These photos are of “the Zealand Falls” which are at the head of the valley near the AMC hut. Rather these are much small falls farther down stream; quite near the trail head.

The two falls shown are actually side-by-side on the river. There is a stretch of uninteresting stuff between them, so I photographed them individually.

The first photograph shows the smaller falls (about five feet high) it is on the left as one faces up river. The total fall of larger falls is roughly twenty feet.

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Zealand River Falls #1
Zealand River Falls #1
Zealand River Falls #2
Zealand River Falls #2

* I did not bring a tripod; only my monopod for odes. Thus no really long exposure “silky water” photos!


 

11 August 2015

The Past Week’s Birds

Filed under: Birds,Monadnock Region,Summer,The Yard — Tags: — Frank @ 2:00 PM

No special “photo sessions” in the past week… I keep the camera set up on the deck and “catch-as-catch-can”.

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Purple Finch (female)
Purple Finch (female)
Rose-breasted Grosbeak (male)
Rose-breasted Grosbeak (male)
Hairy Woodpecker (female)
Hairy Woodpecker (female)
Purple Finch (female) #2
Purple Finch (female) #2
Chipping Sparrow
Chipping Sparrow
Tufted Titmouse
Tufted Titmouse
Red-bellied Woodpecker (male)
Red-bellied Woodpecker (male)
Ruby-throated Hummingbird
Ruby-throated Hummingbird

 

Suspicions… Confirmed!

Filed under: Birds,Monadnock Region,Summer — Tags: — Frank @ 12:30 PM

Regular readers will remember that we have had a pair (one male and one female) of red-breasted grosbeaks visiting the feeders for most of the summer. In the past few weeks, I have noticed that these birds would make their exit from the feeder in the same direction while carrying a seed. I suspected that there was a nest in the neighborhood, but I had no real evidence.

Yesterday my suspicion was confirmed. Just before lunch, I was able to make two photographs of the adult male feeding a juvenile. There was a five second interval between these two frames. In another second, the adult had flown off.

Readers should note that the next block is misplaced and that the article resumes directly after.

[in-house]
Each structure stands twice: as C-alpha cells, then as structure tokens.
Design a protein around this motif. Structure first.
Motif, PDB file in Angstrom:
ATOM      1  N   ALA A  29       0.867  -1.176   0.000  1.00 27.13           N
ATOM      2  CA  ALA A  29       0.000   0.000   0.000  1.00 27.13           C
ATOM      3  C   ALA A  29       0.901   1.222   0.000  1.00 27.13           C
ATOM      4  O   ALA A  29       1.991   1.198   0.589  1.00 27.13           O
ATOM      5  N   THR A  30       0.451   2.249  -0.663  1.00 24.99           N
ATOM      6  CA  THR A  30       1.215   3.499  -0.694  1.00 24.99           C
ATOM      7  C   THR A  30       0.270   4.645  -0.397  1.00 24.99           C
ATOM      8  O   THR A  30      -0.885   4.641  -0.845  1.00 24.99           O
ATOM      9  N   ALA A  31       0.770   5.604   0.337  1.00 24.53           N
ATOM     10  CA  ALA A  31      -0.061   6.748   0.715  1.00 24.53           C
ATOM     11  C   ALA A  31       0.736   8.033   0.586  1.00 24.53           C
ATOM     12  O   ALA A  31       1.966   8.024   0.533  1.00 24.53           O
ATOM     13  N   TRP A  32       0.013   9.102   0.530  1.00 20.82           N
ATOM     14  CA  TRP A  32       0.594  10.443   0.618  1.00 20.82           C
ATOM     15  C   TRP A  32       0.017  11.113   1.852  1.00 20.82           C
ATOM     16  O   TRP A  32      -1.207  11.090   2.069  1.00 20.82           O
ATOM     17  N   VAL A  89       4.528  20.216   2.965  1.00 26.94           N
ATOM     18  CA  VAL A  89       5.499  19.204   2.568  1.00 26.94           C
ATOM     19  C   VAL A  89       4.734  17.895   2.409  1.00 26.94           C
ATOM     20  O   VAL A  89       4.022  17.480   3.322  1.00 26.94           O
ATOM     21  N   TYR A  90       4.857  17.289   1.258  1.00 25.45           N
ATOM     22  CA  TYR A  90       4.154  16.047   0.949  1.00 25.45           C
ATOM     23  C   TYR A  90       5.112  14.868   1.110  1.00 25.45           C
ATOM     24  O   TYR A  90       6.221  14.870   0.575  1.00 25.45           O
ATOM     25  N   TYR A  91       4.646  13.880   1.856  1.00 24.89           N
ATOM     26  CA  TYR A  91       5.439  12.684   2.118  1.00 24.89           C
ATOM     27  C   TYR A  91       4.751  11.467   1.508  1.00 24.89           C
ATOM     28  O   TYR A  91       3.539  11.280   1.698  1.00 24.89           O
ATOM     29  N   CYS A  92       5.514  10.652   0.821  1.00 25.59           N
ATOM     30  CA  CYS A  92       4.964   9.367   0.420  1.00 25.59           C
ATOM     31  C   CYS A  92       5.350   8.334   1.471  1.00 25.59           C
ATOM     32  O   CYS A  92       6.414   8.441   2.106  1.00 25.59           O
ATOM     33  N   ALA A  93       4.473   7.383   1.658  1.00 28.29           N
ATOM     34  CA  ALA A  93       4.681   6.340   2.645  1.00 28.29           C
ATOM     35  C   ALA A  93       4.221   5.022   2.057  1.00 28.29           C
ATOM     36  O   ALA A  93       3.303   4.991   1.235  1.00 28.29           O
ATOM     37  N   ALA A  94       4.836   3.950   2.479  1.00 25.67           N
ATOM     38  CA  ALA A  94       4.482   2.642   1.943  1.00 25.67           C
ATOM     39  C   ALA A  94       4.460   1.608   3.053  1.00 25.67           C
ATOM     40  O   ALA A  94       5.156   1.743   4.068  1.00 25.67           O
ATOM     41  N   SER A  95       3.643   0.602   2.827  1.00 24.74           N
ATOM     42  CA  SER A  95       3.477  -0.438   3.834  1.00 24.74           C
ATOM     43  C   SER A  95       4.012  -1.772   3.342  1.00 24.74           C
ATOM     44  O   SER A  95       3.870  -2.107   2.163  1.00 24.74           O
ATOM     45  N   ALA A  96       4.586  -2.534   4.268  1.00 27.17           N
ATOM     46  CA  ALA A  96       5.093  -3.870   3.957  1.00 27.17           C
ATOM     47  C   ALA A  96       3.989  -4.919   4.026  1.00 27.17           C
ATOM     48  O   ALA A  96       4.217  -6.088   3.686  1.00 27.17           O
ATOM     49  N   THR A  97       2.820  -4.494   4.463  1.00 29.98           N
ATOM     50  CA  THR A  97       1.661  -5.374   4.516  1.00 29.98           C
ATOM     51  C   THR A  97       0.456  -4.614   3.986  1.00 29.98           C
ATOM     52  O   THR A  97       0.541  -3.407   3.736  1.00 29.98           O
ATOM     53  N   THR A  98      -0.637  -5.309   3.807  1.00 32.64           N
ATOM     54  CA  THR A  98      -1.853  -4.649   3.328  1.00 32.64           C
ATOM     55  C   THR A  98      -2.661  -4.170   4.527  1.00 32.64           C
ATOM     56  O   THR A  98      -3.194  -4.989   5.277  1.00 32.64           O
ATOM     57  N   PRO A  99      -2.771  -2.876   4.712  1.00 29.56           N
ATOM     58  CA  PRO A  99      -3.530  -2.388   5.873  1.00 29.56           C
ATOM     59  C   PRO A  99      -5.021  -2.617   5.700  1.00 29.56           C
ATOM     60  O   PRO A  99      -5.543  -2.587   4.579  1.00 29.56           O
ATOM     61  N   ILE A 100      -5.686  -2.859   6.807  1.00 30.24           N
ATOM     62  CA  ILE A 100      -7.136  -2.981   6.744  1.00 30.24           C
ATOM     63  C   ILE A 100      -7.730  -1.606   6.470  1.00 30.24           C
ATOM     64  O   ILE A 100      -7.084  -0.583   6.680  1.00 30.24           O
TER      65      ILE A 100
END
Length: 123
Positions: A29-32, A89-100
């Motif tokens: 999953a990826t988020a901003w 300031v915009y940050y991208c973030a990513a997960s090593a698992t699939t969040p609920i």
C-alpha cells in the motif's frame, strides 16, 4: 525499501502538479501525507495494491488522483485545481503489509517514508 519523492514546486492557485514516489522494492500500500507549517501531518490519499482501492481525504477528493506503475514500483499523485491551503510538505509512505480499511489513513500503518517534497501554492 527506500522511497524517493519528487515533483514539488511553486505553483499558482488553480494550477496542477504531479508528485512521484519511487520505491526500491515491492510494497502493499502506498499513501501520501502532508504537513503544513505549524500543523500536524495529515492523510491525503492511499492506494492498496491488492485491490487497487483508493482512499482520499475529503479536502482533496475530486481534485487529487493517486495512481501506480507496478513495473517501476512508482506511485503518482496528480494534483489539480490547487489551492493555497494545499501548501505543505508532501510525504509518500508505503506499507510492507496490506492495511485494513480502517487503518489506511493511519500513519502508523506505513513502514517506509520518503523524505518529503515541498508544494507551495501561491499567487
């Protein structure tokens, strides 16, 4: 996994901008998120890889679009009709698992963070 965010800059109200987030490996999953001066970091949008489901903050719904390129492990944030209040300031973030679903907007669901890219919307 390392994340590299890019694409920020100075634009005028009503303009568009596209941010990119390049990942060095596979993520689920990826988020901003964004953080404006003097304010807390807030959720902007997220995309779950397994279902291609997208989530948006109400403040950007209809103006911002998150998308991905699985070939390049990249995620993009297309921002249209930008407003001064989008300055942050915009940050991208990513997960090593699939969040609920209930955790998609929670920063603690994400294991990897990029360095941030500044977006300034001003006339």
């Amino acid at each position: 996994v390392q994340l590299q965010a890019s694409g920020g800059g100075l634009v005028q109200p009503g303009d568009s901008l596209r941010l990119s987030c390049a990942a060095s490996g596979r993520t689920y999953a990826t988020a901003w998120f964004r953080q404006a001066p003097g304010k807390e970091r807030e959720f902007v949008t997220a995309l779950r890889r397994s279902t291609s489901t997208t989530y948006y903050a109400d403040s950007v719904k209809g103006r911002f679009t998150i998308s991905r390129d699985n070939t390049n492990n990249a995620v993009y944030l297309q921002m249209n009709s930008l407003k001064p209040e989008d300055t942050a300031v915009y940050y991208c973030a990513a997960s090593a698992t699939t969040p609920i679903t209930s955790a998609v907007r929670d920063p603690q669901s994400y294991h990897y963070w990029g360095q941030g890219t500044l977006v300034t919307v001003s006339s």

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Rose-breasted Grosbeak, Feeding Sequence 1 of 2
Rose-breasted Grosbeak, Feeding Sequence 1 of 2
Rose-breasted Grosbeak, Feeding Sequence 2 of 2
Rose-breasted Grosbeak, Feeding Sequence 2 of 2

 

3 August 2015

Botanicals and a Barn

Filed under: Monadnock Region — Frank @ 12:05 PM

No deep stories here*. Just some visually interesting (at least to me) stuff from around the “neighborhood”.

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Botanical #1
Botanical #1
Botanical #2
Botanical #2
Botanical #3
Botanical #3
Neighbor's Barn
Neighbor's Barn

*I bet though, if that old barn could talk it would have a few stories to tell!


 

Antrim Centor Cemetery

Filed under: Monadnock Region — Frank @ 12:00 PM

Yesterday, I finished reading a wonderful book, Seeking Parmentor; A Memoir of Place by Charles Butterfield.  Highly recommended!

In this book Charles mentions that Amos Parmentor is buried in the Antrim Centor* cemetery. This inspired me to make a visit to the cemetery and the nearby Lily Pond which features prominently in the book.

The Parmentor grave sites were in a deeply shaded part of the burying ground and thus I did not make any photographs of them. I did, however, find and photograph a number of other nineteenth century headstones in”interesting” light.

The first two photographs below speak to a couple of interesting “philosophical” issues in photography.

The first of these is the idea that photography is, in one critical way, fundamentally different from other art forms. In making a photograph, an artist must consciously decide what to exclude (either by the original framing of a scene in the viewfinder or by cropping later) from his or her artwork. In making all other artwork, the artist must decide what to include in their artwork.

The second issue is that of “truth”. It is often suggested that somehow a photograph shows a “true story”.  Of course, in this age of “photoshopping”, this idea has begun to crumble lies in a heap of shards.

However, if you think about the first issue, i.e. that photographers must consciously decide what to include in the frame (and therefore also what to exclude), one realizes that the truth in a photograph is highly subjective and it has always been that way.